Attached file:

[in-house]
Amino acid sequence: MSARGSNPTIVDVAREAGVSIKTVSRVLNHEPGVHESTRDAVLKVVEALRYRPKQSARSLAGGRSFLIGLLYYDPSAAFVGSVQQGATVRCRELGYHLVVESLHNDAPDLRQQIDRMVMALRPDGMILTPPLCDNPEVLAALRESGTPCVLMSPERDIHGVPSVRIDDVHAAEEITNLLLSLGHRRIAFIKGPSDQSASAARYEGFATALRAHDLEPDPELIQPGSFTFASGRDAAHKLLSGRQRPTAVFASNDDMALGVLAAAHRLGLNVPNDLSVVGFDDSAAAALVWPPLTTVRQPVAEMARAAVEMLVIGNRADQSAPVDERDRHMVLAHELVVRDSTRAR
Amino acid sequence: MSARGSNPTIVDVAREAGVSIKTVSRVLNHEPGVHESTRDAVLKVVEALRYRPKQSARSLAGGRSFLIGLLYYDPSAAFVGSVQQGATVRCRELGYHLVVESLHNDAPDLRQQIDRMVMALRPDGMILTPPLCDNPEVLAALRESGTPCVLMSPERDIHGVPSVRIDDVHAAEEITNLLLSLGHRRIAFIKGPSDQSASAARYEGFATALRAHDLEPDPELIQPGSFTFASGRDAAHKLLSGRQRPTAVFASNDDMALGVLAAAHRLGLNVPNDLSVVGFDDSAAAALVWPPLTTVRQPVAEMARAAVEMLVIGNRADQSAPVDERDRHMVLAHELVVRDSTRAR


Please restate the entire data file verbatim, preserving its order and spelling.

[in-house]
Amino acid sequence: MSARGSNPTIVDVAREAGVSIKTVSRVLNHEPGVHESTRDAVLKVVEALRYRPKQSARSLAGGRSFLIGLLYYDPSAAFVGSVQQGATVRCRELGYHLVVESLHNDAPDLRQQIDRMVMALRPDGMILTPPLCDNPEVLAALRESGTPCVLMSPERDIHGVPSVRIDDVHAAEEITNLLLSLGHRRIAFIKGPSDQSASAARYEGFATALRAHDLEPDPELIQPGSFTFASGRDAAHKLLSGRQRPTAVFASNDDMALGVLAAAHRLGLNVPNDLSVVGFDDSAAAALVWPPLTTVRQPVAEMARAAVEMLVIGNRADQSAPVDERDRHMVLAHELVVRDSTRAR
Amino acid sequence: MSARGSNPTIVDVAREAGVSIKTVSRVLNHEPGVHESTRDAVLKVVEALRYRPKQSARSLAGGRSFLIGLLYYDPSAAFVGSVQQGATVRCRELGYHLVVESLHNDAPDLRQQIDRMVMALRPDGMILTPPLCDNPEVLAALRESGTPCVLMSPERDIHGVPSVRIDDVHAAEEITNLLLSLGHRRIAFIKGPSDQSASAARYEGFATALRAHDLEPDPELIQPGSFTFASGRDAAHKLLSGRQRPTAVFASNDDMALGVLAAAHRLGLNVPNDLSVVGFDDSAAAALVWPPLTTVRQPVAEMARAAVEMLVIGNRADQSAPVDERDRHMVLAHELVVRDSTRAR